“Fiscal cliff” is the term we are hearing enough to make our heads collectively explode used to describe the politically fiscal conundrum that the U.S. Government will face at the end of 2012, when the terms of the Budget Control Act of 2011 are scheduled to go into effect. And basically no one in Washington should have been allowed to go home for either Thanksgiving or Christmas without a VIABLE solution in place.
Among the laws set to change at midnight on December 31, 2012:
- are the end of last year’s temporary payroll tax cuts (resulting in a 2% tax increase for workers),
- end of certain tax breaks for businesses
- shifts in the alternative minimum tax
- rollback of the “Bush tax cuts” from 2001-2003
- beginning of taxes related to President Obama’s health care law
- the spending cuts agreed upon as part of the debt ceiling deal of 2011 will begin to go into effect.
- As per Barron’s, over 1,000 government programs – including the defense budget and Medicare are in line for “deep, automatic cuts.”
So, can we call it a depression now?
How much did the Obama family’s vacation to Hawaii cost US Taxpayers this year? Will that be a fiscal cliff cut? (It should be.)
Will there be a settlement of sorts before year-end? Hope so, but a definite truism on this is neither political party wishes to be responsible for this mess. Another truism is this country is all sorts of porked up, so I think if they wanted to they could protect more necessary programs and slice and dice politically motivated ones. But I am but a mere mortal and female what do I know?
I have been living this economy since 2008 and yes I have survived without going ass deep into debt. But I learned to live within my means, and that is definitely something more need to learn how to do. And I pay my own health benefits.
One of the things that used to fascinate me about growing up on the old Main Line and living on the new Main Line was the preposterousness of people. They would drive around in cars they couldn’t afford and live in homes that were grand and Barbie’s dream house- like and surprisingly devoid of furnishings at times. It was about the image.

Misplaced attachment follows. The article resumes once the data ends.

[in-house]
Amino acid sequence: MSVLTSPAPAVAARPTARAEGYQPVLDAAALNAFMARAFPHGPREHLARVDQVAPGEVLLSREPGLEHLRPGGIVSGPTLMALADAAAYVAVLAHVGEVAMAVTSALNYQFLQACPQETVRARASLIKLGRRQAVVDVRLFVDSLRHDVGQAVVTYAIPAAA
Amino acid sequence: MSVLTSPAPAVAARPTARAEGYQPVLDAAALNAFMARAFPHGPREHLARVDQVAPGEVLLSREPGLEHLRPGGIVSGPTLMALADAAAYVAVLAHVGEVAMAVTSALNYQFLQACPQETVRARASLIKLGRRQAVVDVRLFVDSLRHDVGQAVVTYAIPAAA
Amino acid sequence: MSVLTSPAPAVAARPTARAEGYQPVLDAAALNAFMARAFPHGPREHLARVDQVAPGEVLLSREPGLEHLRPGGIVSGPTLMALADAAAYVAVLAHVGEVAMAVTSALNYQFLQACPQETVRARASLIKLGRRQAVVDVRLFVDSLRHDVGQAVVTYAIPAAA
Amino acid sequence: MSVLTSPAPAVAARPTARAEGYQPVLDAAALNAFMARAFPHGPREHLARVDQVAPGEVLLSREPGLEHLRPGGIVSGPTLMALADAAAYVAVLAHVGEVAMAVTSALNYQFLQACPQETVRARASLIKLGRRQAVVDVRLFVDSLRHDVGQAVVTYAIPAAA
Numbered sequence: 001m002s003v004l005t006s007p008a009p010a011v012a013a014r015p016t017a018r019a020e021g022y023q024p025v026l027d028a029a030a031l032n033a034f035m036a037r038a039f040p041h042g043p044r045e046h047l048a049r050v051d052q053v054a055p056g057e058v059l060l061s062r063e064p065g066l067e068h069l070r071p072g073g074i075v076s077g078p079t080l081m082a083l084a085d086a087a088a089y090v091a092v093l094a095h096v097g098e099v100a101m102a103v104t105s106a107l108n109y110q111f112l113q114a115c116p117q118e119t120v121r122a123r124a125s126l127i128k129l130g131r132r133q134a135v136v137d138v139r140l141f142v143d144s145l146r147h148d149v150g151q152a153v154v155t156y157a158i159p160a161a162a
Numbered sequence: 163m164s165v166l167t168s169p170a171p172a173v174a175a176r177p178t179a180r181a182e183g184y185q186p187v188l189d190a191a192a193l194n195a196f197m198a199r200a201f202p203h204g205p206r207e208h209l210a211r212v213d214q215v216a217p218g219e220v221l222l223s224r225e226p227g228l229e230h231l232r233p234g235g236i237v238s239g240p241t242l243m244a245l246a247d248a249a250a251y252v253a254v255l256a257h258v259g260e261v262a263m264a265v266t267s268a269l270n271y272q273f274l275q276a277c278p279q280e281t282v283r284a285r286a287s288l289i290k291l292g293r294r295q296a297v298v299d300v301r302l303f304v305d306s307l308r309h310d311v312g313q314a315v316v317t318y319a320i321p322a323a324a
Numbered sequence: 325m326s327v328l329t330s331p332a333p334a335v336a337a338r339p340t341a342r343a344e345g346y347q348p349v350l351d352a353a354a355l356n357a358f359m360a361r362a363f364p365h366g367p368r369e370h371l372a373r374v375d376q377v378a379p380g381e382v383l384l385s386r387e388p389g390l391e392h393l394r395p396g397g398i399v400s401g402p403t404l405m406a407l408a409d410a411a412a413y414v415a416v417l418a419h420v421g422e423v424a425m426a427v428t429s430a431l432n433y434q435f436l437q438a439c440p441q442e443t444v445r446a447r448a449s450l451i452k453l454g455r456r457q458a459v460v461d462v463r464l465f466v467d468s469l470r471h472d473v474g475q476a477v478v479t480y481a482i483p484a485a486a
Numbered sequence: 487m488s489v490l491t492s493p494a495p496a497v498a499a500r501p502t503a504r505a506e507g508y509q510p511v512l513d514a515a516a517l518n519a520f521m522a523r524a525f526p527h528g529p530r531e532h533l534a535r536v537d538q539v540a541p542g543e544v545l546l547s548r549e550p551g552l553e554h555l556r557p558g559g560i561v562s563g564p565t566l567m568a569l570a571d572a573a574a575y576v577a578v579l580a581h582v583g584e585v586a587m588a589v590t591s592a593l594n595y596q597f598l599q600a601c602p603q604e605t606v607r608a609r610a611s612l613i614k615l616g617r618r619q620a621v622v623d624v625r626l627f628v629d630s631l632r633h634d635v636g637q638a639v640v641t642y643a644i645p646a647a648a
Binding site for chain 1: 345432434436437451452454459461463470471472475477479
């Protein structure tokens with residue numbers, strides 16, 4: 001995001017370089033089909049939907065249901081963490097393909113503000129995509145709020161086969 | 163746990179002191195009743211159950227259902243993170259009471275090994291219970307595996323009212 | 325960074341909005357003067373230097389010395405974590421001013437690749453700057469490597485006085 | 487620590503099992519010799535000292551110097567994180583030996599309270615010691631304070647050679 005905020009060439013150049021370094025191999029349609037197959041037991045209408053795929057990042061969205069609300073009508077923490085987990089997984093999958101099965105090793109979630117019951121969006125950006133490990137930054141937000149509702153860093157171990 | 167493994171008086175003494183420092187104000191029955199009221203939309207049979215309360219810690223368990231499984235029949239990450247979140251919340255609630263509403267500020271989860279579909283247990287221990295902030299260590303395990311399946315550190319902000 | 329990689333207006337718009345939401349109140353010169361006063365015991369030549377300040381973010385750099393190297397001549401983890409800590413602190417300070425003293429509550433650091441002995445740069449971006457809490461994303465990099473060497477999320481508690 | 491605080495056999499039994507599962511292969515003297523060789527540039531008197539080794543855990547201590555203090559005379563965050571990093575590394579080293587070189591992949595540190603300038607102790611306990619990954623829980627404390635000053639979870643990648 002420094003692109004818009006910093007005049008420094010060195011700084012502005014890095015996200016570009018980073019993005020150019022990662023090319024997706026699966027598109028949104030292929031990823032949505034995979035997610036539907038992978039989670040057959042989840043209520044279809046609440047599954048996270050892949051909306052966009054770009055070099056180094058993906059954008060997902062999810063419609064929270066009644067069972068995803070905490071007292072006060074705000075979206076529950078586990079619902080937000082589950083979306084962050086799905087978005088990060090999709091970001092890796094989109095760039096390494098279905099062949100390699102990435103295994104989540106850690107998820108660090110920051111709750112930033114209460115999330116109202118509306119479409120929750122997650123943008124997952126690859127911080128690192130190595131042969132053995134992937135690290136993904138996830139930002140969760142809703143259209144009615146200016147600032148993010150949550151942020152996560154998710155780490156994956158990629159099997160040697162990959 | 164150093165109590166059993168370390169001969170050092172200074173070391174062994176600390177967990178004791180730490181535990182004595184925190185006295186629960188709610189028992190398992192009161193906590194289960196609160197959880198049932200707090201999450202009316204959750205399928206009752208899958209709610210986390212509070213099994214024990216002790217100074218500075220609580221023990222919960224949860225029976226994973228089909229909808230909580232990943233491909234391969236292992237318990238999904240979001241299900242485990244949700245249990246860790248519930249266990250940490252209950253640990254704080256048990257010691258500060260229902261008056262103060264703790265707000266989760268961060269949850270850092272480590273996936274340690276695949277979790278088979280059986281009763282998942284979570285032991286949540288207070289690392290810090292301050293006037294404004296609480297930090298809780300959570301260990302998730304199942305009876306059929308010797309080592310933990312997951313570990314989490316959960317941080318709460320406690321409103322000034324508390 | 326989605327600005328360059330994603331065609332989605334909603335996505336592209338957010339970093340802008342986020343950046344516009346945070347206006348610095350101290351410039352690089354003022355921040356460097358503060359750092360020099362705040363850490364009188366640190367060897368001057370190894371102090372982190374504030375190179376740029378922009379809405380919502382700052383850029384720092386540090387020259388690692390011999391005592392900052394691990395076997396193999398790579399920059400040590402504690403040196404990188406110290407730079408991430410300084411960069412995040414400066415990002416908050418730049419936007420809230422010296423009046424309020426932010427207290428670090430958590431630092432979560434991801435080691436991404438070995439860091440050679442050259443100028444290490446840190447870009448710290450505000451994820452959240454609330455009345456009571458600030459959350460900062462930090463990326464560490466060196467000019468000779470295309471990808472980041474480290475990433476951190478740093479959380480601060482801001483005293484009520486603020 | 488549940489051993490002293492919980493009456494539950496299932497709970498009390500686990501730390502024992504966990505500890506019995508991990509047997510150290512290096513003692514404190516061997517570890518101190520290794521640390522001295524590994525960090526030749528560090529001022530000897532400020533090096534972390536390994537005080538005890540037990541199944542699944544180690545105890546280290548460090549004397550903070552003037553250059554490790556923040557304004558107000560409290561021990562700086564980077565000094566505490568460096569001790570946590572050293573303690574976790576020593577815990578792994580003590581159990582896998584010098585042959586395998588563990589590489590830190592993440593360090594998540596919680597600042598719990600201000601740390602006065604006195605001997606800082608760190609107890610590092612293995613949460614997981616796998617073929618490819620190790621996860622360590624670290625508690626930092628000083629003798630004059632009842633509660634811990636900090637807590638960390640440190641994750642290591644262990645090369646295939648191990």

To an extent it is the American Achilles heel of worrying more about the image than financial reality and fiscal responsibility that has gotten us into a pickle we should have learned our lesson from – what happened during the Great Depression.
For years the current administration refused to call a recession a recession, now they dance around the term depression (much like they danced around the term recession.)Obama in pretty worded speeches makes references to financial struggles not seen since the Great Depression. (You might wish to check out this article in Forbes from September.)
If you don’t got it, don’t spend it. Now all of us who have adhered to that rule are paying the piper of others as far as I am concerned. And for all those super rich, super liberals who voted again for Obama because of their guilty bank accounts, are you happy now? How’s that hopey changey forwardy thing working out? Is anything better? Mind you I am not singling you out alone as there enough posturing conservatives who talk a good game and do nothing which I find equally intolerable.
Here’s a CNN Update:
By Tom Cohen, CNN
updated 11:07 AM EST, Fri December 28, 2012
Washington (CNN) — Is it political theater or a true last-ditch effort to avoid the fiscal cliff?
President Barack Obama and congressional leaders will discuss the looming tax hikes and spending cuts of the fiscal cliff at a White House meeting on Friday, as increasingly anxious markets and taxpayers look for any hint of progress.
Stocks opened lower on Friday amid growing fears that the president and legislators will fail to strike a deal, which also caused the Consumer Confidence Index to drop on Thursday.
Economists warn that continued stalemate could cause another recession as taxes go up on everyone with the expiration of lower rates from the administration of President George W. Bush, coupled with slashed government spending, including for the military.